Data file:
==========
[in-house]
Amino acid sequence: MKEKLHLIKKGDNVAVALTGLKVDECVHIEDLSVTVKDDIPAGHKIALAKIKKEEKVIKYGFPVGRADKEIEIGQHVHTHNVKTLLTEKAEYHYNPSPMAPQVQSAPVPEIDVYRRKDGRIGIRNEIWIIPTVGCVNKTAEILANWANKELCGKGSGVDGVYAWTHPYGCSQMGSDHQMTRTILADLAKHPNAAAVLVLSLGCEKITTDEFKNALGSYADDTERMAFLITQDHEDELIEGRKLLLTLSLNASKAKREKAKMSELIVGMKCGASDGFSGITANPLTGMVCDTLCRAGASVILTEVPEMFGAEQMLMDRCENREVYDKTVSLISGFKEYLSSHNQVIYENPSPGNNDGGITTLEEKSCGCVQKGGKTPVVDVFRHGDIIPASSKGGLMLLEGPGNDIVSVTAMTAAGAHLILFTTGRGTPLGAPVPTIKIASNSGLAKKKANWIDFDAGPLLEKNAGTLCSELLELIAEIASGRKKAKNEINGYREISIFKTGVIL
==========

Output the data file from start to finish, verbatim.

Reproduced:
[in-house]
Amino acid sequence: MKEKLHLIKKGDNVAVALTGLKVDECVHIEDLSVTVKDDIPAGHKIALAKIKKEEKVIKYGFPVGRADKEIEIGQHVHTHNVKTLLTEKAEYHYNPSPMAPQVQSAPVPEIDVYRRKDGRIGIRNEIWIIPTVGCVNKTAEILANWANKELCGKGSGVDGVYAWTHPYGCSQMGSDHQMTRTILADLAKHPNAAAVLVLSLGCEKITTDEFKNALGSYADDTERMAFLITQDHEDELIEGRKLLLTLSLNASKAKREKAKMSELIVGMKCGASDGFSGITANPLTGMVCDTLCRAGASVILTEVPEMFGAEQMLMDRCENREVYDKTVSLISGFKEYLSSHNQVIYENPSPGNNDGGITTLEEKSCGCVQKGGKTPVVDVFRHGDIIPASSKGGLMLLEGPGNDIVSVTAMTAAGAHLILFTTGRGTPLGAPVPTIKIASNSGLAKKKANWIDFDAGPLLEKNAGTLCSELLELIAEIASGRKKAKNEINGYREISIFKTGVIL